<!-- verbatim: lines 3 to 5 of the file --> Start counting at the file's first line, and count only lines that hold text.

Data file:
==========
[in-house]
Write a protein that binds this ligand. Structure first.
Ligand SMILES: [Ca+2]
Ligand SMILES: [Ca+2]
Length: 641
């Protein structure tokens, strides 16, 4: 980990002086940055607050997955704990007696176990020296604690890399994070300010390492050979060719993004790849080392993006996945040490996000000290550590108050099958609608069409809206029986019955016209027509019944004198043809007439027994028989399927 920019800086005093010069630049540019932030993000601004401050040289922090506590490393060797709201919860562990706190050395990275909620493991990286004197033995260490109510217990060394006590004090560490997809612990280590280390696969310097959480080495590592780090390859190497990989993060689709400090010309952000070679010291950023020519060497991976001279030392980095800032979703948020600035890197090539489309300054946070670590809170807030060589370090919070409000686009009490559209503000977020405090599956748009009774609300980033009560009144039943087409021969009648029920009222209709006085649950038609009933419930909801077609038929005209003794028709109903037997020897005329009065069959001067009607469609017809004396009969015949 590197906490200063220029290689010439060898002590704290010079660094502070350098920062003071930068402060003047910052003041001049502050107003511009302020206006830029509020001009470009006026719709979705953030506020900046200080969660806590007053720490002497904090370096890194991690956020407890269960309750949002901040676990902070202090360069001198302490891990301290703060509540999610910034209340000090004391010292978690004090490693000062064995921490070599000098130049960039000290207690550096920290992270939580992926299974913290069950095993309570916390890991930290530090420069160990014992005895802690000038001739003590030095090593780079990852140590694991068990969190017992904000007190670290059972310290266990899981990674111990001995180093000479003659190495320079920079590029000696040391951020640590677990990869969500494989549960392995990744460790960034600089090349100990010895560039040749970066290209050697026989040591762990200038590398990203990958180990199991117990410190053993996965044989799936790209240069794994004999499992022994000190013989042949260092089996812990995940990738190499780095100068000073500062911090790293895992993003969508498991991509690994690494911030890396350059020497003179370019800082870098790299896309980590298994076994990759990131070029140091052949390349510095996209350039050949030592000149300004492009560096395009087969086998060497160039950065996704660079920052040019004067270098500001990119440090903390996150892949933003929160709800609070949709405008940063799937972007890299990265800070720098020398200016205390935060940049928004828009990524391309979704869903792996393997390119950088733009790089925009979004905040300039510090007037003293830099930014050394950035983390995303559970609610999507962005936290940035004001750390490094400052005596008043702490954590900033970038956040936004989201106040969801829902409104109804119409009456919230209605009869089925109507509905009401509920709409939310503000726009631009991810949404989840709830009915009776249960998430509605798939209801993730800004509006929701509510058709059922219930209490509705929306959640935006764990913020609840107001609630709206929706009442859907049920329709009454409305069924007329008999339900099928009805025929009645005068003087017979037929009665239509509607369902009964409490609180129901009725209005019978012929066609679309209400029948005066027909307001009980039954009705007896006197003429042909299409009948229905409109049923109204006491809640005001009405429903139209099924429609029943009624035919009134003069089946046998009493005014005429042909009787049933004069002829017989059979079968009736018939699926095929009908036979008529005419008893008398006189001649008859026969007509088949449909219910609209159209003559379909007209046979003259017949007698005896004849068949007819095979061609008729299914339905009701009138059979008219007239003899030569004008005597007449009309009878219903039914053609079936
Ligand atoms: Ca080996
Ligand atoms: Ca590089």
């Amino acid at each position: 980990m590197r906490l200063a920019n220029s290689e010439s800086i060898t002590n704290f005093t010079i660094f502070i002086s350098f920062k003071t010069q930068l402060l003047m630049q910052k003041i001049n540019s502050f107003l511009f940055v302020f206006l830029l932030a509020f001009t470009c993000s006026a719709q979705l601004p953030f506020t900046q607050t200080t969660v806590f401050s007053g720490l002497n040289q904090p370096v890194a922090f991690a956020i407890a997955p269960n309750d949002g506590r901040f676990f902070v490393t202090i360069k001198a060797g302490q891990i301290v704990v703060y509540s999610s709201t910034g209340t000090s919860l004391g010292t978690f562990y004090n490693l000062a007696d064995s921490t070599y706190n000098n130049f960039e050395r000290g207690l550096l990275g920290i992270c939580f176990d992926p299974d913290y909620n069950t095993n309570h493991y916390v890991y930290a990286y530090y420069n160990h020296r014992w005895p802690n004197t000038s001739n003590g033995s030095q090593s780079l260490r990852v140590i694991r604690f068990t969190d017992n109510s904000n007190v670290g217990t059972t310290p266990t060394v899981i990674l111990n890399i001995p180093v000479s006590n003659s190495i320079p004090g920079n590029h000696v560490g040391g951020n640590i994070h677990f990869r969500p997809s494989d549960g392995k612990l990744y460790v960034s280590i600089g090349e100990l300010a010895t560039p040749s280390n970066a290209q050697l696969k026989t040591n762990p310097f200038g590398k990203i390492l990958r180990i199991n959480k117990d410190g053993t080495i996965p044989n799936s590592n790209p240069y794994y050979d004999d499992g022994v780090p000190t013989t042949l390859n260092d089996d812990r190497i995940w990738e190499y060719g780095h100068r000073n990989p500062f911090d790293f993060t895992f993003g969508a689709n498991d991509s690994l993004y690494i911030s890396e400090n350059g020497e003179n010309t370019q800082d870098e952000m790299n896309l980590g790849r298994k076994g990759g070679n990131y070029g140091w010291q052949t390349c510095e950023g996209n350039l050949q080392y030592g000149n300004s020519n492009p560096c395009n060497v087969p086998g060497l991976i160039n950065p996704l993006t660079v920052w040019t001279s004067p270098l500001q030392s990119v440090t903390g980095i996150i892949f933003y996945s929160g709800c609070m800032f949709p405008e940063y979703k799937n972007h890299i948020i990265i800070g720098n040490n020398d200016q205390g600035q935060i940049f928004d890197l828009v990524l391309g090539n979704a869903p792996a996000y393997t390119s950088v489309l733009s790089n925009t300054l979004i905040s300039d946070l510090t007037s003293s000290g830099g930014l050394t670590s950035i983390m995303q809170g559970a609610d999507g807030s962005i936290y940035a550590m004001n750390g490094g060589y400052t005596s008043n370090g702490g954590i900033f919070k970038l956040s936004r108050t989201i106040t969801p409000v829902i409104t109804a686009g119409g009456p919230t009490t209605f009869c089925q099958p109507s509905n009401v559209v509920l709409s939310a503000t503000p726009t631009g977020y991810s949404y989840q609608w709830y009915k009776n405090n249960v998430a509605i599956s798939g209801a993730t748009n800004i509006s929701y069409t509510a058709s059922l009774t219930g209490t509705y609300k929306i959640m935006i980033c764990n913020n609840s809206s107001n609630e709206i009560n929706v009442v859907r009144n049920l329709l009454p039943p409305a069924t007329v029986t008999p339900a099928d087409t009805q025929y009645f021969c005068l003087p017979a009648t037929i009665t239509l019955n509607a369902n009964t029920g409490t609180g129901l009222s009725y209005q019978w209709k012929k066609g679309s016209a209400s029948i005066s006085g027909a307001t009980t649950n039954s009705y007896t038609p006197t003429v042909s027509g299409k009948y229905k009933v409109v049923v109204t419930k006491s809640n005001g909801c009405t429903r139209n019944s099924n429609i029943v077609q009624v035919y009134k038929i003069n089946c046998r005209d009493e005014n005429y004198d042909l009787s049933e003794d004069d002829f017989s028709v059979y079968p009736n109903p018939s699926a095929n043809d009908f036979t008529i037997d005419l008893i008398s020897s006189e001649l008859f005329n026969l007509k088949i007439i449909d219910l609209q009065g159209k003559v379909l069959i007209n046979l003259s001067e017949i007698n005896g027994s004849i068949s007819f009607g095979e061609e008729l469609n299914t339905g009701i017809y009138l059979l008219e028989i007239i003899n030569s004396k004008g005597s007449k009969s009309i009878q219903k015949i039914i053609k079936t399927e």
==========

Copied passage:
Ligand SMILES: [Ca+2]
Ligand SMILES: [Ca+2]
Length: 641